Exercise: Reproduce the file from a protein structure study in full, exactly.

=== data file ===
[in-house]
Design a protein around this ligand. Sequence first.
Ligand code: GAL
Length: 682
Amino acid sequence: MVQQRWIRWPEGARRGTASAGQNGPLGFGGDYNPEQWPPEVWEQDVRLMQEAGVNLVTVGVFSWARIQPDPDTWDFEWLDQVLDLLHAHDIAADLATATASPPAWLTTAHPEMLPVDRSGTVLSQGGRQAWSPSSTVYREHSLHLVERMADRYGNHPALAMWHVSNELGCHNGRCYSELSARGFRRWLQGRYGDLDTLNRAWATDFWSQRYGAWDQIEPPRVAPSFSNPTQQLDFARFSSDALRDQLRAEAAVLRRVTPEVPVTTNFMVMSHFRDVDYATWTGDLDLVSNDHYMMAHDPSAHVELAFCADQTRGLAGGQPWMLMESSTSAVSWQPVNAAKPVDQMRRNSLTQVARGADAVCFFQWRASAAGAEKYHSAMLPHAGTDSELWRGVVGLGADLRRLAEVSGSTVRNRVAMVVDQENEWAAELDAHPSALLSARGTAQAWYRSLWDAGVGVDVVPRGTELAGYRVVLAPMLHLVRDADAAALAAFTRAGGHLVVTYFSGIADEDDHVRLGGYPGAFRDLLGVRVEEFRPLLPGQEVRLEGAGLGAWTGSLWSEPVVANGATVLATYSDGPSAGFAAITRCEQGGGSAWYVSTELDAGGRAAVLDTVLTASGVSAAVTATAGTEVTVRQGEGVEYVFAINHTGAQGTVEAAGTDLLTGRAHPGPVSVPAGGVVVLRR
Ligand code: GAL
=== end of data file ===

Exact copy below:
[in-house]
Design a protein around this ligand. Sequence first.
Ligand code: GAL
Length: 682
Amino acid sequence: MVQQRWIRWPEGARRGTASAGQNGPLGFGGDYNPEQWPPEVWEQDVRLMQEAGVNLVTVGVFSWARIQPDPDTWDFEWLDQVLDLLHAHDIAADLATATASPPAWLTTAHPEMLPVDRSGTVLSQGGRQAWSPSSTVYREHSLHLVERMADRYGNHPALAMWHVSNELGCHNGRCYSELSARGFRRWLQGRYGDLDTLNRAWATDFWSQRYGAWDQIEPPRVAPSFSNPTQQLDFARFSSDALRDQLRAEAAVLRRVTPEVPVTTNFMVMSHFRDVDYATWTGDLDLVSNDHYMMAHDPSAHVELAFCADQTRGLAGGQPWMLMESSTSAVSWQPVNAAKPVDQMRRNSLTQVARGADAVCFFQWRASAAGAEKYHSAMLPHAGTDSELWRGVVGLGADLRRLAEVSGSTVRNRVAMVVDQENEWAAELDAHPSALLSARGTAQAWYRSLWDAGVGVDVVPRGTELAGYRVVLAPMLHLVRDADAAALAAFTRAGGHLVVTYFSGIADEDDHVRLGGYPGAFRDLLGVRVEEFRPLLPGQEVRLEGAGLGAWTGSLWSEPVVANGATVLATYSDGPSAGFAAITRCEQGGGSAWYVSTELDAGGRAAVLDTVLTASGVSAAVTATAGTEVTVRQGEGVEYVFAINHTGAQGTVEAAGTDLLTGRAHPGPVSVPAGGVVVLRR
Ligand code: GAL